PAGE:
eFolio - #2 - What makes a good e-Portfolio?
Helen Barrett is possibly the leading author on e-Portfolios. Her list of ‘metaphors’ is the classic description of an e-Portfolio as a place for reflection, a map, a story, a sonnet, or as Helen herself says, ‘A Celebration of Learning Across the Lifespan’. [see ref 1 below]
In order for this lovely environment to happen we need to establish certain criteria:
1. The e-Portfolio MUST be ‘portable’ – or rather ‘remotely accessible’ – in other words, the e-Portfolio cannot be stored or owned by a single institution. The repository for the e-Portfolio must be external if the student is still to have access to its contents when moving either ‘horizontally’ to another school location or ‘vertically’ as the student progresses through the Key Stages and on through CPD and lifelong learning. It is accessible anywhere, 24/7/365.
2. The e-Portfolio MUST be personal – it is that private place, free from MIS intrusion, where the student can feel at home in a self-decorated ambience (see Jay Cross’s description of the ‘Googleplex’) [see ref 2 below] that says ‘This is Me!’ through the use of selected ‘skins’, menus and fonts appropriate to ages and stages.
3. The e-Portfolio ‘tells a story’ – it is the place where the student can present a range of artefacts (photos, scanned graphics, audio, video as well as text) that describes a history of that person. The student can construct a personal ‘profile’ of both formal and informal learning which may, eventually, be used as part of a CV or job application etc.
4. It is a place of organisation and collation of materials from a variety of both formal and informal sources. How the individual chooses to organise and access this compendium of finished, ongoing and ‘will-do-someday’ activities is up to their own way of thinking.
5. It is a ‘window’ or a number of ‘windows’ through which any visitor can see some ‘public’ aspects of the owner. Other ‘invited guests’ can see more – as much as the owner wishes to reveal. The beauty of this system is that, at the same time, different visitors may see different aspects of that same e-Portfolio – according to the ‘rights’ given to them.
6. Collaboration is perhaps the most powerful tool within the e-Portfolio. Howard Rheingold writes profoundly of the ‘Groupmind’, “The feeling of tapping into this multibrained organism of collective expertise…” [see ref 3 below] Well, a collaborative group of classmates might not always be described as above but the principle is still the same! The ability within a closed group to share opinions, comment on partially completed work and learn from each other in the patois of the day should not be disregarded.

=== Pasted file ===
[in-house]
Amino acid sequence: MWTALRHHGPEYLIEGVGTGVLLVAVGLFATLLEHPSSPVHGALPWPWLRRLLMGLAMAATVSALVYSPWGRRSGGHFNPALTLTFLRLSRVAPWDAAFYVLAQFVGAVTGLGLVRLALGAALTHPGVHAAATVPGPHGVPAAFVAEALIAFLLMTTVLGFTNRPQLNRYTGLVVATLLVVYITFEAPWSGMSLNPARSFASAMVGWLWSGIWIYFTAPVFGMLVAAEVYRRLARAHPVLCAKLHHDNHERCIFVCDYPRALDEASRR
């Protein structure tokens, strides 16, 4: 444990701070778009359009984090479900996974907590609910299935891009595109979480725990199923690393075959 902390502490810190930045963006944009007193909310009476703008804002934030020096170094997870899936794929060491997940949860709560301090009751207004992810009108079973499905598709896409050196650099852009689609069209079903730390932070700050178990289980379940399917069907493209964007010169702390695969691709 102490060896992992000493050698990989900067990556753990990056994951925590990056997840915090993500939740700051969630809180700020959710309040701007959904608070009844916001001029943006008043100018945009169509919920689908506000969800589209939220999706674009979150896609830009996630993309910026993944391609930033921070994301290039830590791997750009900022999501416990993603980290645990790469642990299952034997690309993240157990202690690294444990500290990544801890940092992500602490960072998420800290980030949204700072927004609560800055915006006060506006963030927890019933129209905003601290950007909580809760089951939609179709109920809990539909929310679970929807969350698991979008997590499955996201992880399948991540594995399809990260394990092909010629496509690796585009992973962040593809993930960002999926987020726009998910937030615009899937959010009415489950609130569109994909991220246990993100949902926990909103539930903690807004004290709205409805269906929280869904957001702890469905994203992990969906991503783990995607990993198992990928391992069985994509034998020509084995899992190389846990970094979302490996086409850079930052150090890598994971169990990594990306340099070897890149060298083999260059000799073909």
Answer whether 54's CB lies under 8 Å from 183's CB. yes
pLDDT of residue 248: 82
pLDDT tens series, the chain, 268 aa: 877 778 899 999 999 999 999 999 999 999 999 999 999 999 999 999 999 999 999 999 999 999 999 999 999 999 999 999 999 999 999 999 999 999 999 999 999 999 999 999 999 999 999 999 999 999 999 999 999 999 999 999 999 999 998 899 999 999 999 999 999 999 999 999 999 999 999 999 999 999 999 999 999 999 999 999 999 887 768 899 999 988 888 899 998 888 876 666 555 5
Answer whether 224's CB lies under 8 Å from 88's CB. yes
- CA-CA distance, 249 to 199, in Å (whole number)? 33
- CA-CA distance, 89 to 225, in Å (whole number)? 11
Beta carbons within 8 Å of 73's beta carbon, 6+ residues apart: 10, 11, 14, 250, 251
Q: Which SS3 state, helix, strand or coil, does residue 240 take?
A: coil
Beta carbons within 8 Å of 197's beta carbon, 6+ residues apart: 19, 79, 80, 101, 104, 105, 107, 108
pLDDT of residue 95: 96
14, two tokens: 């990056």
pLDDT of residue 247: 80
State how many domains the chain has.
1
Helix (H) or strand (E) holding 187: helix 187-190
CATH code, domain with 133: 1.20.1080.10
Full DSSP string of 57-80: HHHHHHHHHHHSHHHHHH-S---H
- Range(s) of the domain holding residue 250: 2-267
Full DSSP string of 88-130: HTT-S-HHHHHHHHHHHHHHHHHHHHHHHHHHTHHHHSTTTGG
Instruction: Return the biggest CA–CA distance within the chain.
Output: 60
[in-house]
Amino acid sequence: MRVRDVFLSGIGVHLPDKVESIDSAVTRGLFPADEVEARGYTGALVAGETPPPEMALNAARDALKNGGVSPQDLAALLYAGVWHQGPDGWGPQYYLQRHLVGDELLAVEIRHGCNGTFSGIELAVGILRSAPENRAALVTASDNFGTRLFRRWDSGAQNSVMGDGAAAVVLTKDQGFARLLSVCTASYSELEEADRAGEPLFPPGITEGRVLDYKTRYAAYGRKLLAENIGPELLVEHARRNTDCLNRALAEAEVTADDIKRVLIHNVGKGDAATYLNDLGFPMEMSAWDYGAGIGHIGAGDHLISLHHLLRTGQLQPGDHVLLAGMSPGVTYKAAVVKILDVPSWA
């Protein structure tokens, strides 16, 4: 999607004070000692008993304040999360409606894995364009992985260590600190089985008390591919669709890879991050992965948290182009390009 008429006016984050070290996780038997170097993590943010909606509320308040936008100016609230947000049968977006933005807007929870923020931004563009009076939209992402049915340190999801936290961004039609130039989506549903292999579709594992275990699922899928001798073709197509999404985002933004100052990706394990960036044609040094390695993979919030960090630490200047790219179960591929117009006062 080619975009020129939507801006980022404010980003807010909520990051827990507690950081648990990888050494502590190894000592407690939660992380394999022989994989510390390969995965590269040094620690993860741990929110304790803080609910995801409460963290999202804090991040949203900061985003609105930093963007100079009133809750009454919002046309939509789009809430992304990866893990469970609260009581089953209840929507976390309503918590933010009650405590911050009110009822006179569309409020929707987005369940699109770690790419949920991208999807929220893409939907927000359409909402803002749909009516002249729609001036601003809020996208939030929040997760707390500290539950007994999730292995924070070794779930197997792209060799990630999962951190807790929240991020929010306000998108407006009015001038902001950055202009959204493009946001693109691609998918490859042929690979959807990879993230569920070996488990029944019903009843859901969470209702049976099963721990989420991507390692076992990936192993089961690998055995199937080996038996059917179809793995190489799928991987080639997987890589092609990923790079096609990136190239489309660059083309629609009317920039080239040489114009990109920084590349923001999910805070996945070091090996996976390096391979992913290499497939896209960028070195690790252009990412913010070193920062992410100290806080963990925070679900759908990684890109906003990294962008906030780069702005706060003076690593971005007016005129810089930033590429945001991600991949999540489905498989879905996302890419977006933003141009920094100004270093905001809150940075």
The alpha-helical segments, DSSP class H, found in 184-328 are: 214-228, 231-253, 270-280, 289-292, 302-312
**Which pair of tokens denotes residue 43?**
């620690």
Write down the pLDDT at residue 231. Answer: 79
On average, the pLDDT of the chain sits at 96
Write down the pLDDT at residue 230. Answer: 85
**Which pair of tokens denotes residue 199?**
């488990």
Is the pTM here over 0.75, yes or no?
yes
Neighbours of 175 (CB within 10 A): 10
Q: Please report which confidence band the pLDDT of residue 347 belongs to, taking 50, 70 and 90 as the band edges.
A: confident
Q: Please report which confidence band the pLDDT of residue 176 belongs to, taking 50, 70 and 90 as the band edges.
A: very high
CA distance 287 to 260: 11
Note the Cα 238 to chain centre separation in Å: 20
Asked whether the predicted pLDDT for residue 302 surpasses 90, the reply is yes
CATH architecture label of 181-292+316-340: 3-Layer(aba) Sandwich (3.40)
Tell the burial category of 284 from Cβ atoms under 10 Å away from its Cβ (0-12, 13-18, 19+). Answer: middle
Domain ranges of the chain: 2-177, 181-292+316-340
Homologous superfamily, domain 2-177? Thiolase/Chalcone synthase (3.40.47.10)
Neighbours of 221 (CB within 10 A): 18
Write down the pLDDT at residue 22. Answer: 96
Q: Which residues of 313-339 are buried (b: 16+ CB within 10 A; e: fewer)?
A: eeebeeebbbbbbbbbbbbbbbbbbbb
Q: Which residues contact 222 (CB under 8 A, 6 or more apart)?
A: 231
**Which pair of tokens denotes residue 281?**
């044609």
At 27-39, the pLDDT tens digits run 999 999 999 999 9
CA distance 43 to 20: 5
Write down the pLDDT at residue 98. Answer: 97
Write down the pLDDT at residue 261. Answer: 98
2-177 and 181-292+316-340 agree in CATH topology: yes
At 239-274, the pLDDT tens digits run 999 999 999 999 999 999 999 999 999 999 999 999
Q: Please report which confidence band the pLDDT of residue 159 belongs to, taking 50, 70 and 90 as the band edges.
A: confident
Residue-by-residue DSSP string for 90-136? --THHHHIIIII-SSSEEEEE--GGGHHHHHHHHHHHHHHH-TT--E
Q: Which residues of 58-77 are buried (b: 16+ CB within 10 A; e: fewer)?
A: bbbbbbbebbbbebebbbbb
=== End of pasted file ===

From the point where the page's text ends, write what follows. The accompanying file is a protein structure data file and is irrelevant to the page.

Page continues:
7. Profiling or the ability to ‘Know thyself’ is not limited to the great masters of MIS, interview panels or careers advisors. Within a good e-Portfolio there should be a tool that enables the private and confidential entry of information about themselves, their grades and ambitions etc, with some hope of getting constructive feedback.
8. Reflection, Self-Assessment and Planning, again, have the ideal sanctuary within the e-Portfolio. Here, within my personal space, but with access to my on-going work, I can review and reflect in the cool of the day and wherever I may be. What a boon! What a dramatic potential we have for today’s cyberkids. How often have we as teachers bewailed the under-use of the school ‘Planner’. Now we have a tool appropriate to the lifestyle of our charges and within their ‘ownership’. As the student matures into adulthood and CPD this space becomes the perfect long-term PDP tool.
9. ‘Showcasing’, or the ability to present one’s self using a variety of electronic media, and even providing links to a secure certification repository such as MIAPS, is ostensibly the up-and-coming use of the e-Portfolio. Unfortunately, it would appear that few institutions are as yet ready for this relatively simple task. However, within schools the potential for establishing the principle of a continually transmogrifying e-Portfolio is near.
10. Simplicity is probably the overriding factor governing the take-up of the e-Portfolio. It must be free of any individual institution if it is to be ‘portable’. It must be equally appropriate for all abilities and ages from ‘5 to 95’. It must have a seriously low annual rental if adults are to retain it after compulsory schooling and lastly it must be ‘wanted to be owned’.
[ii] Cross, Jay (2007) ‘Informal Learning’ p.54
[iii] http://www.rheingold.com/vc/book/intro.html see ch.2
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